Former Assistant State's Attorney Audriana Anderson, whom Glasgow did not name and who is not named in the petition, declined to comment Tuesday when reached at her private practice.

Glasgow said the failure to disclose the information is important because Hudak always has maintained he was entrapped by the informant and was never able to present a valid defense because the information about that informant was not disclosed.

"That plays a big factor here, and a big enough factor for the state that ... they ended up throwing out essentially the same charges against Mr. Cichy," Glasgow said. "So the state thought it was important enough. Why shouldn't Mr. Hudak think it was important enough?"

DuPage State's Attorney Robert Berlin declined to comment Tuesday "while (the petition) is pending." But Berlin has said the late disclosure of information relating to the informant in Cichy's case had no legal bearing on the guilty pleas and sentences of O'Brien and Hudak.

                                                                                                                                                                                                                       
 

Glasgow said he is not maintaining Hudak's innocence but does believe his client was unjustly sentenced when he pleaded guilty.

"The standard here is not whether it will affect his guilt or innocence," Glasgow said. "The standard is, would it tend to negate the guilt of the accused or would it tend to lessen the punishment that was imposed upon him?"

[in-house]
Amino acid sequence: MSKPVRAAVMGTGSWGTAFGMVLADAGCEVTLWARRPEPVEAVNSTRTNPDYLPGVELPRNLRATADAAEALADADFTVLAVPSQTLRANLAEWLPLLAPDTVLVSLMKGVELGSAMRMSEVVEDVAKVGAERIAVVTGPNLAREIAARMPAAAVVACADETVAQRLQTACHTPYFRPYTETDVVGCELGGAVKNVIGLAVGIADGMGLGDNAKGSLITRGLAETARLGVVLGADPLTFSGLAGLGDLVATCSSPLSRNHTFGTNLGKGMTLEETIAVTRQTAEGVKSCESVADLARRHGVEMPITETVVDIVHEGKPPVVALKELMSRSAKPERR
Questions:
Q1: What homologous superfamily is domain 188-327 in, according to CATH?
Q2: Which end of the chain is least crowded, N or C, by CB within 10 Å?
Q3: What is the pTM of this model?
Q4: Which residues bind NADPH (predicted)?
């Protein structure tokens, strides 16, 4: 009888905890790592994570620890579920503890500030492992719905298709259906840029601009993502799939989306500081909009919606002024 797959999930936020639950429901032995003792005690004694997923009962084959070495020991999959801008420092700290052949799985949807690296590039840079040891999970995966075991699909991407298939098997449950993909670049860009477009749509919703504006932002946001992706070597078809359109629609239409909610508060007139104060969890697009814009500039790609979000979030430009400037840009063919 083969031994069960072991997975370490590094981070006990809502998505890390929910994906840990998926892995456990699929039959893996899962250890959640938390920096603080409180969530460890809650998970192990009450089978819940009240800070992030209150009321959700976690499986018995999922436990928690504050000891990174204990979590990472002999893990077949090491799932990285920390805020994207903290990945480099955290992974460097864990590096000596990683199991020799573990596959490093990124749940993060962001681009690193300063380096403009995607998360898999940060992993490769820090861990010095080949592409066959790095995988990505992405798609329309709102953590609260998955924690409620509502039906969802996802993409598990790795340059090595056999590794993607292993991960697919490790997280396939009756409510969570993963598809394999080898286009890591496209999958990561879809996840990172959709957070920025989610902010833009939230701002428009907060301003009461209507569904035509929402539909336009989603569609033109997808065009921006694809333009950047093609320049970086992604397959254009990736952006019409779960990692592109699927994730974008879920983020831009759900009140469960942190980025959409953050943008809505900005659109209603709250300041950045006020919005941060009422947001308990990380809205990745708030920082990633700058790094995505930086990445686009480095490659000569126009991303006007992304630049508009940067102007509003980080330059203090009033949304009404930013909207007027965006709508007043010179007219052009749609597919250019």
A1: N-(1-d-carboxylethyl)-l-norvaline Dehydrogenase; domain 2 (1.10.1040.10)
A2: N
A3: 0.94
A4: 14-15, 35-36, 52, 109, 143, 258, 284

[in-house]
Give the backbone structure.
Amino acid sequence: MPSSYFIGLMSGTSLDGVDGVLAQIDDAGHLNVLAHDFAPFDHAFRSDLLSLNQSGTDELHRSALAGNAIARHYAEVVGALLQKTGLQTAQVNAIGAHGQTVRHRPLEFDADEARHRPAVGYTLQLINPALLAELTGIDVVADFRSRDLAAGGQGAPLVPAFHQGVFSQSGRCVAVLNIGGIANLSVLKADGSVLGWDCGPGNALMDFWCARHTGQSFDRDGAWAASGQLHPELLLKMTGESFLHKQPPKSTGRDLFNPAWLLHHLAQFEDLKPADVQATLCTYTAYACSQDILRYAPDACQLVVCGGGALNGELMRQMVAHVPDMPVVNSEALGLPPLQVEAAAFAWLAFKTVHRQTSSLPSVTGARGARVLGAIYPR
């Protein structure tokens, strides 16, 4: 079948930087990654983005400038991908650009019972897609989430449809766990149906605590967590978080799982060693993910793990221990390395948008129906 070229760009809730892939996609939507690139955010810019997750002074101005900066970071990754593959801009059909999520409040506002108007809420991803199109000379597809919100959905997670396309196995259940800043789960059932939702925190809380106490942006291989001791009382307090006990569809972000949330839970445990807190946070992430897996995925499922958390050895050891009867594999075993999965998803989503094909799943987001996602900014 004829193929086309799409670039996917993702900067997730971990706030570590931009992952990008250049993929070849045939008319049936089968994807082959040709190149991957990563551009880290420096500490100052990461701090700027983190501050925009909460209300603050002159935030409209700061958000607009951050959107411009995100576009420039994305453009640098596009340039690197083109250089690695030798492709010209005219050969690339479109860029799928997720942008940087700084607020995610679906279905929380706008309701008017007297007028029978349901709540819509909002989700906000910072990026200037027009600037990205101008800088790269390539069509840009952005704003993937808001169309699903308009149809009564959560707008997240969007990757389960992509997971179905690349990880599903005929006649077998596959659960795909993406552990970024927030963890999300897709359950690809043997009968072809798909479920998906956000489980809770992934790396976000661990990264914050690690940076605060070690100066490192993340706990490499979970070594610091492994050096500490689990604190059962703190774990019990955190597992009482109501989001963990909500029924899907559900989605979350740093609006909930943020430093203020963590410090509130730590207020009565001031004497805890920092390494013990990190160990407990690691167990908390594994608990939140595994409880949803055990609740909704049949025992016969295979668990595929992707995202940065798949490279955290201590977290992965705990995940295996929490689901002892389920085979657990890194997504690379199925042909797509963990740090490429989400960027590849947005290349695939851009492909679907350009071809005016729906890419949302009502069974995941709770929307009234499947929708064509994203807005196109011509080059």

Hudak was arrested in January 2013 along with Cichy and O'Brien. A U.S. Drug Enforcement Administration investigation found evidence that for at least six months the three officers stole cocaine and marijuana from dealers and police seizures and then resold the drugs through an informant.

The investigation began Jan. 2, 2013, when police found about 9 ounces of cocaine in a Carol Stream storage unit. The search led to a former informant who said he'd been helping the Schaumburg officers deal marijuana and cocaine skimmed from busted drug dealers.

During the next two weeks, investigators captured the officers on video and audio surveillance as they made plans and carried out drug deals, often in police vehicles and while wearing their service weapons.

All three resigned from the police department shortly after their arrests.

Hudak was the first to plead guilty and was sentenced to 26 years. O'Brien was sentenced to 24 years after pleading guilty to identical charges on March 21, 2014. All charges were dropped against Cichy on Feb. 13.

O'Brien's attorney, Paul DeLuca, called Glasgow's petition "an eye-opening motion."

"We're going to do our research as well and if we're going to do anything, it will be shortly," DeLuca said. "We've got a team working to expedite things, but Terry will make the ultimate decision."